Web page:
The first Rocketdyne RS-68
flight engine has completed its flight acceptance hot-fire test series at
NASA’s Stennis Space Center in Mississippi.
The engine was developed by the
Rocketdyne Propulsion & Power business of The Boeing Company for
the first-stage booster of the Boeing Delta IV family of launch vehicles.
Boeing Delta IV is part of the U.S. Air Force’s Evolved Expendable Launch
Vehicle (EELV) program.
This test success paves the way toward its use on the
first Delta IV EELV flight in early 2002.

The final test in a series of three was completed on June 23, with all
test objectives met.

To date, the RS-68 program has accumulated more than 16,000 seconds of
test time across the program.

“This is a major milestone in the RS-68 program,” said Rocketdyne Vice
President and General Manager Byron Wood.
“The successful completion of
acceptance testing for the first RS-68 flight engine confirms that this new
powerplant has moved from the drawing board to the production line.
accomplishment is a huge testament to the imagination and hard work of the
people who have brought the RS-68 to reality.”

With the acceptance testing now concluded, the RS-68 flight engine will
undergo final system checks and then be moved to the Delta IV assembly
facility in Decatur, Alabama, where it will be mated with a Delta IV common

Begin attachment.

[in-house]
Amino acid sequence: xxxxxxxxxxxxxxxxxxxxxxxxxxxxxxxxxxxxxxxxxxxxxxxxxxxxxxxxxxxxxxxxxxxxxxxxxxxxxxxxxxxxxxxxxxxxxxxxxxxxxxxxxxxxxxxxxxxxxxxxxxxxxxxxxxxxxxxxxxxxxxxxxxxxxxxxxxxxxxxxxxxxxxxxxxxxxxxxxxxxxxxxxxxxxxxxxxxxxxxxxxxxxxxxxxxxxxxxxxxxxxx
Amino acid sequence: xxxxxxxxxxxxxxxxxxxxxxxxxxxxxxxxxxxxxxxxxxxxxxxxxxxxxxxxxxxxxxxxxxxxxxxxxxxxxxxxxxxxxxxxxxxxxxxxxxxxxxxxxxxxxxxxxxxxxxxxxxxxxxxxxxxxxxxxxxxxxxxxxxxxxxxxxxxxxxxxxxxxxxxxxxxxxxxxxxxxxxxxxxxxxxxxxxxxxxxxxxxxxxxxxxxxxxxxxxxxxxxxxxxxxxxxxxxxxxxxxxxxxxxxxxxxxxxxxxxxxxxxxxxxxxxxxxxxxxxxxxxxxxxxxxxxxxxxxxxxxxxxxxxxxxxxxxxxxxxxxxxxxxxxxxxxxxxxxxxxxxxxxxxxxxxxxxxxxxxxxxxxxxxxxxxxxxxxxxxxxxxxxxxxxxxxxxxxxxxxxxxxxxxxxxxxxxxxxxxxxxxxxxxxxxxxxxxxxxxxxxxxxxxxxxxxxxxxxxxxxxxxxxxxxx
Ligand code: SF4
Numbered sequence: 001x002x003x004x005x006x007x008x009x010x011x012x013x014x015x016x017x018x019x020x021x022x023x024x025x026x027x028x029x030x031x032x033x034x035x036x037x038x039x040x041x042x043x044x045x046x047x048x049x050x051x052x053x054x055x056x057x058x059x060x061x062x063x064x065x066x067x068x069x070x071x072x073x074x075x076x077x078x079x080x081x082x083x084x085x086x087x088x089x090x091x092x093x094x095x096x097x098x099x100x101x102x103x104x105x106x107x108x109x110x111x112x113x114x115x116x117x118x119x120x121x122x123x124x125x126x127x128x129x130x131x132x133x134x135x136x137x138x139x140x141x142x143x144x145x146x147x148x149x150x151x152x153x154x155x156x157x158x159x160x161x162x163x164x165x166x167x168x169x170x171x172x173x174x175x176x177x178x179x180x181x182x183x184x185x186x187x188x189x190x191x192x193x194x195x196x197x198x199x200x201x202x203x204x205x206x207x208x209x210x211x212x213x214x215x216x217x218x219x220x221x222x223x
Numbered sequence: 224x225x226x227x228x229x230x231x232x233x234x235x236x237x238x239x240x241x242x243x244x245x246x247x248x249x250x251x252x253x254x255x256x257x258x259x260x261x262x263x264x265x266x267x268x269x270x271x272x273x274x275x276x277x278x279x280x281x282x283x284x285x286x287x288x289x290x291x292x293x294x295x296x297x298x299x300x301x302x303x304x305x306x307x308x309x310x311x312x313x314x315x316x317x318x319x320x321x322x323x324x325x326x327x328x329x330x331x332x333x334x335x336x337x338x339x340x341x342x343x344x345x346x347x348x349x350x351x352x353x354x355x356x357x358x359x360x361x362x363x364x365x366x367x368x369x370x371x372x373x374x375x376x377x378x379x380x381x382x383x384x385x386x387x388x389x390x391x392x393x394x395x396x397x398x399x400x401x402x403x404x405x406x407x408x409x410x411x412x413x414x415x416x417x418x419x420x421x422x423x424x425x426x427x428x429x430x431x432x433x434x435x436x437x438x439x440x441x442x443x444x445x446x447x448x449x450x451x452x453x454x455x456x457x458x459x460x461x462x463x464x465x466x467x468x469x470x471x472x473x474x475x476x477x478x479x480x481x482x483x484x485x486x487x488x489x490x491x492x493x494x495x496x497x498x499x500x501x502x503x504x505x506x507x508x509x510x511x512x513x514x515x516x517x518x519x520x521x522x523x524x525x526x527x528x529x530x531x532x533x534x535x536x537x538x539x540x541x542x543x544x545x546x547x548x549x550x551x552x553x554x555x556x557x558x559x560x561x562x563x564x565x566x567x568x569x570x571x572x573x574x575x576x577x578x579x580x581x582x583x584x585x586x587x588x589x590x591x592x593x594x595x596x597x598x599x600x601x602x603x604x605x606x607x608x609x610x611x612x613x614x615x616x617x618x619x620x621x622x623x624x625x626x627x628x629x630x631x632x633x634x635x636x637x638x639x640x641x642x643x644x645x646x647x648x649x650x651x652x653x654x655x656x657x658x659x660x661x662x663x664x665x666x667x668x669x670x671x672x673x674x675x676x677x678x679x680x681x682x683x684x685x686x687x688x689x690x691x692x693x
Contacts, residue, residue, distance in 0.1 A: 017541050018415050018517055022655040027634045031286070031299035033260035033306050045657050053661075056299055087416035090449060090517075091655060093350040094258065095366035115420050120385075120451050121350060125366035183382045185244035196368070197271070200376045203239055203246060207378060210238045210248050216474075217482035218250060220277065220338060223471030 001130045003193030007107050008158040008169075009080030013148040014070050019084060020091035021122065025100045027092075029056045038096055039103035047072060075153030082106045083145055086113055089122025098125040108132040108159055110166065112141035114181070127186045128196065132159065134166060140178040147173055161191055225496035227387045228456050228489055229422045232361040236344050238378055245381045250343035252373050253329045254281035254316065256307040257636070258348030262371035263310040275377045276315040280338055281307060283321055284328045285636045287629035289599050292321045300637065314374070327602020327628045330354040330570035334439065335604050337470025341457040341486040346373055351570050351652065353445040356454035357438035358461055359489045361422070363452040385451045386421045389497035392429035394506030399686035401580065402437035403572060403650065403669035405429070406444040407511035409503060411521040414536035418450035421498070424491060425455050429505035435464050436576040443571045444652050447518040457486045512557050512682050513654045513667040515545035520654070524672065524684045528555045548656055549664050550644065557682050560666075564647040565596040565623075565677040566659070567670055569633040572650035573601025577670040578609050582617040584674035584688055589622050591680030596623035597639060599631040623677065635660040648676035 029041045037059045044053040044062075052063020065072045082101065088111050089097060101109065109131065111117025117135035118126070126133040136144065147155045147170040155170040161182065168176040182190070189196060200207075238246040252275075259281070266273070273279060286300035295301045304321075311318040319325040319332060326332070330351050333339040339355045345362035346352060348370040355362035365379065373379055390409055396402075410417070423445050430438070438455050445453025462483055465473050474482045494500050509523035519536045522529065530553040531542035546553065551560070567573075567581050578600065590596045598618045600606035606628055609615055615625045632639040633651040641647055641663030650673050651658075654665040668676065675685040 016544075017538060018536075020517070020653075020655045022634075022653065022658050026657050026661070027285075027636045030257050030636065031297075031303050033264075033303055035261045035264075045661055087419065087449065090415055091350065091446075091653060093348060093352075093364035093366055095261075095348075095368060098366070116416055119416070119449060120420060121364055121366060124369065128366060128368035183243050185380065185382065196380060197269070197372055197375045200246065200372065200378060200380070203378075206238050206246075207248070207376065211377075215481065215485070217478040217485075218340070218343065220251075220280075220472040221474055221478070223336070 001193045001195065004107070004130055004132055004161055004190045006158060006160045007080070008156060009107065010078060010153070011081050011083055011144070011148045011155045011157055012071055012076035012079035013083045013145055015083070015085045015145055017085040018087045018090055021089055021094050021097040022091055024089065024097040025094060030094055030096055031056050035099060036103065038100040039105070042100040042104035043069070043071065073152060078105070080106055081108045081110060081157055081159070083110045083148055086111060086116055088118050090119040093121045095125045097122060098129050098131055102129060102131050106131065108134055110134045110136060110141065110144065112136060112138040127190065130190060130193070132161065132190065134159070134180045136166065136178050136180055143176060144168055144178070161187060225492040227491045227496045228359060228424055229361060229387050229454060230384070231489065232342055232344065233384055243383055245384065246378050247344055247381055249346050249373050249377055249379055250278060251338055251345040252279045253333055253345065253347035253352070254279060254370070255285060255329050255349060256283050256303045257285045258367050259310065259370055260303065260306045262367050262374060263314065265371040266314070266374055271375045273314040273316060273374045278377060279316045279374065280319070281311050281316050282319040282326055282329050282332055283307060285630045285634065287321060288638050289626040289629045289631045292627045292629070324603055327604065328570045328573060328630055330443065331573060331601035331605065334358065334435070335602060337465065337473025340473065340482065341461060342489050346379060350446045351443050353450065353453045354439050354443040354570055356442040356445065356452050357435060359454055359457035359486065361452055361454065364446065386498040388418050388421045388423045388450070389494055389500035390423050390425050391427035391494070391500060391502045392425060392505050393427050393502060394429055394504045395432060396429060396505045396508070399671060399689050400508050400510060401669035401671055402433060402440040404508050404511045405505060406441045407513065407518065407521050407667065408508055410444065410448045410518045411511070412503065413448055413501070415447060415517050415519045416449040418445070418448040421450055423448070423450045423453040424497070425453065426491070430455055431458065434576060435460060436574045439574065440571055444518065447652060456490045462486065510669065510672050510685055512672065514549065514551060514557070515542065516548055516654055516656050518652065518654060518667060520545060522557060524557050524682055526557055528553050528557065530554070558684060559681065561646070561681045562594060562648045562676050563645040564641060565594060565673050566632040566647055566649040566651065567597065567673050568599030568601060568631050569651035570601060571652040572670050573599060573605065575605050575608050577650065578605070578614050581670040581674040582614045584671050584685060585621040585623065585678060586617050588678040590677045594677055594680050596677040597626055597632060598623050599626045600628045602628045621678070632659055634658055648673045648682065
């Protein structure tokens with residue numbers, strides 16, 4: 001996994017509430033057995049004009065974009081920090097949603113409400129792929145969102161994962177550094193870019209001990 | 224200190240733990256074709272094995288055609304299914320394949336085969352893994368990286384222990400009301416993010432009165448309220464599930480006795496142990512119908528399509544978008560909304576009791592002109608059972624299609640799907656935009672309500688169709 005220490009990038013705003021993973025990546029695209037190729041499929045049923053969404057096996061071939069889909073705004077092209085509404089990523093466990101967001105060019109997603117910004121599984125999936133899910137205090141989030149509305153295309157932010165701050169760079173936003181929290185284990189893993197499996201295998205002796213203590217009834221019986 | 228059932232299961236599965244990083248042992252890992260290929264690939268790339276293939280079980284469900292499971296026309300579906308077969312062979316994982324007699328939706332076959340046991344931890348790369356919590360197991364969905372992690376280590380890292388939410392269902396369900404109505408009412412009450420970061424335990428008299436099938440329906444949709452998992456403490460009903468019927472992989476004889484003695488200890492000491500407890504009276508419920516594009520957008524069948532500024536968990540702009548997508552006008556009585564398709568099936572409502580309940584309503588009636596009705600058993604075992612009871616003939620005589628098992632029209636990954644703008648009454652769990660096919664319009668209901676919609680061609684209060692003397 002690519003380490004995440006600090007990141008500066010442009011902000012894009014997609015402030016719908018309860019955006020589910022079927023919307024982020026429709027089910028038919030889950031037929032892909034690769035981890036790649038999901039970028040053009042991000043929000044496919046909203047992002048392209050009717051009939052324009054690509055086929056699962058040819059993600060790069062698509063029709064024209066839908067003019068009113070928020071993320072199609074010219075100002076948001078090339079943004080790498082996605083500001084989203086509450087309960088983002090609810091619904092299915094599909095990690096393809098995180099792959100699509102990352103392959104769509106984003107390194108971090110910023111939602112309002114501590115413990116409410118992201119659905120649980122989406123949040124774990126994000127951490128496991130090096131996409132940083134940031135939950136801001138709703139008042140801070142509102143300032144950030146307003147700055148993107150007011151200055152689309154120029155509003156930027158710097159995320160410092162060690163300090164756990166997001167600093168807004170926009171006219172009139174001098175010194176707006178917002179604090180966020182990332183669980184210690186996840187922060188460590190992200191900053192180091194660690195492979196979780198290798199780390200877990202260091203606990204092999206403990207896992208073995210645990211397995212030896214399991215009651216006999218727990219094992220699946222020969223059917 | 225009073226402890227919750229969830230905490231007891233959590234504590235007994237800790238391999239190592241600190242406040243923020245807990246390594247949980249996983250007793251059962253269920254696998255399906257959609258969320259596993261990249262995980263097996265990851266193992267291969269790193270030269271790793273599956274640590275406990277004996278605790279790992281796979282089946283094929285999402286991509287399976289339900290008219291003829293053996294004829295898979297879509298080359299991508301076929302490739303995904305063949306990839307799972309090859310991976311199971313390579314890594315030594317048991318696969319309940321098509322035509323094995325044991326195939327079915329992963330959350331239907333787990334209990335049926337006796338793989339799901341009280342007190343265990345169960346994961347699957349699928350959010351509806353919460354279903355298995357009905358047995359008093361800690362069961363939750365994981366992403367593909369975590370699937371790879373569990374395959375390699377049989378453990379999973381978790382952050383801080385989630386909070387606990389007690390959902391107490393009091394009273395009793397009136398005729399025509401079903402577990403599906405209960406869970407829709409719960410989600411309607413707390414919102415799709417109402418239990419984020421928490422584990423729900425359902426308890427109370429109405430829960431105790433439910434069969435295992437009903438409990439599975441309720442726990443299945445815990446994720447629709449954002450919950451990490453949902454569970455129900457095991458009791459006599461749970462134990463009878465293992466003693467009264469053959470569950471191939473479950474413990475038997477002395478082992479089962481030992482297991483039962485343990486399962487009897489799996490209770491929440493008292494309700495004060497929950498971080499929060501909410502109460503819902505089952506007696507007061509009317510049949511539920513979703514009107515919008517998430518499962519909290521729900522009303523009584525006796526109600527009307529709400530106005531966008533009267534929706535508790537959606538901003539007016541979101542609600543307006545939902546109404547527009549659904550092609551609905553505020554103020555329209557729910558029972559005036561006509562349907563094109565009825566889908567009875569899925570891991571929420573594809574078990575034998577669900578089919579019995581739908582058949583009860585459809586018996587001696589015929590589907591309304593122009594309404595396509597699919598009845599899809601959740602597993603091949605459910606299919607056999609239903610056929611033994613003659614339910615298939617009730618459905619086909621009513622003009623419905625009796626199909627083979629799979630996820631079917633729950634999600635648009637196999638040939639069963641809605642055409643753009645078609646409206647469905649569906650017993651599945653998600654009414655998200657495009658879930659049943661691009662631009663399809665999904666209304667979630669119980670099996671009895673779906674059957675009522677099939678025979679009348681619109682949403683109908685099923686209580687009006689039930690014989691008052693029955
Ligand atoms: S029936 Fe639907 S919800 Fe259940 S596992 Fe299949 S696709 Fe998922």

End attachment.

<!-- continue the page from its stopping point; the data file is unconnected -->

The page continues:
booster core.
From there, the vehicle will be shipped to Cape Canaveral Air
Force Station in Florida, where it is expected to be launched in the spring of

“With successful completion of the RS-68 acceptance testing, and the first
flight Delta IV common booster core and upper stage soon to receive final
acceptance, anticipation for first flight is really building up,” said R. Gale
Schluter, vice president and general manager of Boeing Expendable Launch
“I take great pride in our entire Delta IV EELV team in achieving
these industry-first accomplishments.”

Said RS-68 program manager and division director Rick Baily, “The RS-68
team is to be congratulated for reaching this crucial goal.
hundreds of team members have given their best to see this moment arrive.
It’s been the combined effort of designers, builders and test and analysis
people that have finally brought us a new engine that will soon go to work for
America’s space program.”

The RS-68 engine is a liquid hydrogen — liquid oxygen booster engine that
generates 656,000 lbs. of thrust.
It is the first new large, liquid-fueled
rocket engine to enter production in the United States since Rocketdyne
developed the Space Shuttle Main Engine in the late 1970s.